[InlineData("T", "1234567891", 20, "Male", HttpStatusCode.BadRequest)]
        [InlineData("A very very very very very very loooooooooong name", "1234567891", 20, "Male", HttpStatusCode.BadRequest)]
        [InlineData(null, "1234567890", 20, "Invalid Gender", HttpStatusCode.BadRequest)]
        [InlineData("Test Name", "InvalidNumber", 20, "Male", HttpStatusCode.BadRequest)]
        [InlineData("Test Name", "1234567890", -10, "Male", HttpStatusCode.BadRequest)]
        [InlineData("Test Name", "1234567890", 20, "Invalid Gender", HttpStatusCode.BadRequest)]
        [InlineData("Test Name", "12345678901234444", 20, "Invalid Gender", HttpStatusCode.BadRequest)]
        public async Task PatientTestsAsync(String Name, String PhoneNumber, int Age, String Gender, HttpStatusCode ResponseCode)
        {
            var scopeFactory = _factory.Services;
            using (var scope = scopeFactory.CreateScope())
            {
                var context = scope.ServiceProvider.GetService<DataContext>();
                
                // Initialize the database, so that 
                // changes made by other tests are reset. 
                await DBUtilities.InitializeDbForTestsAsync(context);
                
                // Arrange
                var request = new HttpRequestMessage(HttpMethod.Post, "api/patient");

                request.Content = new StringContent(JsonSerializer.Serialize(new Patient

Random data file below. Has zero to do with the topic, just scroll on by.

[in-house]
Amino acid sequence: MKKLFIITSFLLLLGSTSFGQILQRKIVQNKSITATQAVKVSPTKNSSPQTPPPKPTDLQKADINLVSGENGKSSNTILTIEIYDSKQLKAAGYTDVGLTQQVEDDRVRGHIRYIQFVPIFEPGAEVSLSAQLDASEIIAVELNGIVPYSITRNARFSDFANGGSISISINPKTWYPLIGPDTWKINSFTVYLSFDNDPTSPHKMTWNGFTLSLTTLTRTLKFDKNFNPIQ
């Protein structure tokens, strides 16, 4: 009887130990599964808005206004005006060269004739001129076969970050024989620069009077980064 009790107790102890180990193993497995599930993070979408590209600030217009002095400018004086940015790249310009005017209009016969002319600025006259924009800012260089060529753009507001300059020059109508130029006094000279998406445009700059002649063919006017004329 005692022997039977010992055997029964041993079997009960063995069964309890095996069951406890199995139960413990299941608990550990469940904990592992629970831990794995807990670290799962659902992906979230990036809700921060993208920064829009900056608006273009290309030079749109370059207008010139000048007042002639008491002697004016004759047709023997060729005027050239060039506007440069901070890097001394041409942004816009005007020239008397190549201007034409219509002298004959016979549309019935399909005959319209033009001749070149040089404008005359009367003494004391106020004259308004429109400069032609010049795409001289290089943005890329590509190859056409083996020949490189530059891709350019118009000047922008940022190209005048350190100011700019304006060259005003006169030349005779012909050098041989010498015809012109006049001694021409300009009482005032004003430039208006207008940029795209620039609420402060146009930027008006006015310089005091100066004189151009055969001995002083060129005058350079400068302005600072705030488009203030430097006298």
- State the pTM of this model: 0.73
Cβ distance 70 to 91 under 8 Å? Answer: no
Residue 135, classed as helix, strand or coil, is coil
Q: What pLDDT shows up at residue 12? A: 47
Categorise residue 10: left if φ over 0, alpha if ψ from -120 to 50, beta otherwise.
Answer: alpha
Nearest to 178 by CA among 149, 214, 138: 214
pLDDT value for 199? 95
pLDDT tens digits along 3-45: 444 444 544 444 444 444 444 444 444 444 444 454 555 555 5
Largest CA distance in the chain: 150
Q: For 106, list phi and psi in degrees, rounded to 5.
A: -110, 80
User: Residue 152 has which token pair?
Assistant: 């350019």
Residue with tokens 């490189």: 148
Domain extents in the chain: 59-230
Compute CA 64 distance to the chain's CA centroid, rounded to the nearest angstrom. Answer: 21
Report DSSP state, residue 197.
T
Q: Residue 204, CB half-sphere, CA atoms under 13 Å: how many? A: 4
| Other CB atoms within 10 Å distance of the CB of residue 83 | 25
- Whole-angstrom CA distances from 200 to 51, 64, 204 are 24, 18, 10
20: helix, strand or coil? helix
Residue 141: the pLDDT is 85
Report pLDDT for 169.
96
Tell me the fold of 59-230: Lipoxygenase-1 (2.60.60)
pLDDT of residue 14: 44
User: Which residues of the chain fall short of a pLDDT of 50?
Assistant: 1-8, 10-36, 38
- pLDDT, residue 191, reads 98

{
                    Name = Name,
                    PhoneNumber = PhoneNumber,
                    Age = Age,
                    Gender = Gender
                }), Encoding.UTF8, "application/json");

                // Act
                var response = await httpClient.SendAsync(request);

                // Assert
                var StatusCode = response.StatusCode;
                Assert.Equal(ResponseCode, StatusCode);
            }
        }
    }
}

The [Theory] attribute allows us to mention different parameters for our tests. Because of this, we don't have to write different tests for all the combinations.

Also, DBUtilities is a utility class to reinitialise the database to its initial state. This might seem trivial when we have 1 or 2 tests, but it becomes critical as we add more tests.

DBUtilities class

The DBUtilities class will initialise your database with 1 patient and 3 different type of rooms.

Create a file named DBUtilities.cs in your TDD.Tests project with the below code:

using System.Threading.Tasks;

namespace TDD.Tests
{
    // Helps to initialise the database either from the WAF for the first time
    // Or before running each test.
    public class DBUtilities